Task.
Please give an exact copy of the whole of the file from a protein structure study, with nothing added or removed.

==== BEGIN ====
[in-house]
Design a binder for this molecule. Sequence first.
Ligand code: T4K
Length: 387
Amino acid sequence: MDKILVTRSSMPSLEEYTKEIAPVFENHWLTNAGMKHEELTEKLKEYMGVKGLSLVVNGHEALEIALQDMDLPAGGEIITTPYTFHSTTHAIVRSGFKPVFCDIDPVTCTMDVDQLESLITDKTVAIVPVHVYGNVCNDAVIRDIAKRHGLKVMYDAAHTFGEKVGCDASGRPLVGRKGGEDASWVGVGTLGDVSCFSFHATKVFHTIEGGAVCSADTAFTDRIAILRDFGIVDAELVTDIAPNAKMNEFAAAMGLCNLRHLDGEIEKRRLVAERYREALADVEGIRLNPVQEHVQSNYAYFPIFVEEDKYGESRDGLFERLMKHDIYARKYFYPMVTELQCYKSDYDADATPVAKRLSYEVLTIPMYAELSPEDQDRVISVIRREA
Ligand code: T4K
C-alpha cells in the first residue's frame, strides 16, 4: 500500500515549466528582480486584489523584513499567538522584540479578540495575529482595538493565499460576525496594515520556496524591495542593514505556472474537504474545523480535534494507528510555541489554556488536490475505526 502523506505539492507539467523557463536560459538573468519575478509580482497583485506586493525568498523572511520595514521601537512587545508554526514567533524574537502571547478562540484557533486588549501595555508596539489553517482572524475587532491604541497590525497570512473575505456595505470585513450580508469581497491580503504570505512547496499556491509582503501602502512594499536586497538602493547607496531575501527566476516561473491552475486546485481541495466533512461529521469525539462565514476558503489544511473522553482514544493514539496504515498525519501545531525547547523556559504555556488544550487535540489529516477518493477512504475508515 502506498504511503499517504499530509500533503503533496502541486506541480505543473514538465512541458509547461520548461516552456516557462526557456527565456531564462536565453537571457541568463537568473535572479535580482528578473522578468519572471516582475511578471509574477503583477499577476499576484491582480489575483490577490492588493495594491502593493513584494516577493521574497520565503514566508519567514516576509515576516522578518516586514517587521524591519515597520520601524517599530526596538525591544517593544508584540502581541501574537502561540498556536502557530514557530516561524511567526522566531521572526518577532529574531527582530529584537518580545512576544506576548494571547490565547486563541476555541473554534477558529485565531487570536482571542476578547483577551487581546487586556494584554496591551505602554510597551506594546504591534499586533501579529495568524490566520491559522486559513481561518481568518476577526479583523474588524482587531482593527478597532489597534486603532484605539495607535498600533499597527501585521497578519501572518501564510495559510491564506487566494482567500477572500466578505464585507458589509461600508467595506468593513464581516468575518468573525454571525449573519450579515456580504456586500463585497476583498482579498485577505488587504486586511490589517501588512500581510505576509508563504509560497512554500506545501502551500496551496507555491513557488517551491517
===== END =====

[in-house]
Design a binder for this molecule. Sequence first.
Ligand code: T4K
Length: 387
Amino acid sequence: MDKILVTRSSMPSLEEYTKEIAPVFENHWLTNAGMKHEELTEKLKEYMGVKGLSLVVNGHEALEIALQDMDLPAGGEIITTPYTFHSTTHAIVRSGFKPVFCDIDPVTCTMDVDQLESLITDKTVAIVPVHVYGNVCNDAVIRDIAKRHGLKVMYDAAHTFGEKVGCDASGRPLVGRKGGEDASWVGVGTLGDVSCFSFHATKVFHTIEGGAVCSADTAFTDRIAILRDFGIVDAELVTDIAPNAKMNEFAAAMGLCNLRHLDGEIEKRRLVAERYREALADVEGIRLNPVQEHVQSNYAYFPIFVEEDKYGESRDGLFERLMKHDIYARKYFYPMVTELQCYKSDYDADATPVAKRLSYEVLTIPMYAELSPEDQDRVISVIRREA
Ligand code: T4K
C-alpha cells in the first residue's frame, strides 16, 4: 500500500515549466528582480486584489523584513499567538522584540479578540495575529482595538493565499460576525496594515520556496524591495542593514505556472474537504474545523480535534494507528510555541489554556488536490475505526 502523506505539492507539467523557463536560459538573468519575478509580482497583485506586493525568498523572511520595514521601537512587545508554526514567533524574537502571547478562540484557533486588549501595555508596539489553517482572524475587532491604541497590525497570512473575505456595505470585513450580508469581497491580503504570505512547496499556491509582503501602502512594499536586497538602493547607496531575501527566476516561473491552475486546485481541495466533512461529521469525539462565514476558503489544511473522553482514544493514539496504515498525519501545531525547547523556559504555556488544550487535540489529516477518493477512504475508515 502506498504511503499517504499530509500533503503533496502541486506541480505543473514538465512541458509547461520548461516552456516557462526557456527565456531564462536565453537571457541568463537568473535572479535580482528578473522578468519572471516582475511578471509574477503583477499577476499576484491582480489575483490577490492588493495594491502593493513584494516577493521574497520565503514566508519567514516576509515576516522578518516586514517587521524591519515597520520601524517599530526596538525591544517593544508584540502581541501574537502561540498556536502557530514557530516561524511567526522566531521572526518577532529574531527582530529584537518580545512576544506576548494571547490565547486563541476555541473554534477558529485565531487570536482571542476578547483577551487581546487586556494584554496591551505602554510597551506594546504591534499586533501579529495568524490566520491559522486559513481561518481568518476577526479583523474588524482587531482593527478597532489597534486603532484605539495607535498600533499597527501585521497578519501572518501564510495559510491564506487566494482567500477572500466578505464585507458589509461600508467595506468593513464581516468575518468573525454571525449573519450579515456580504456586500463585497476583498482579498485577505488587504486586511490589517501588512500581510505576509508563504509560497512554500506545501502551500496551496507555491513557488517551491517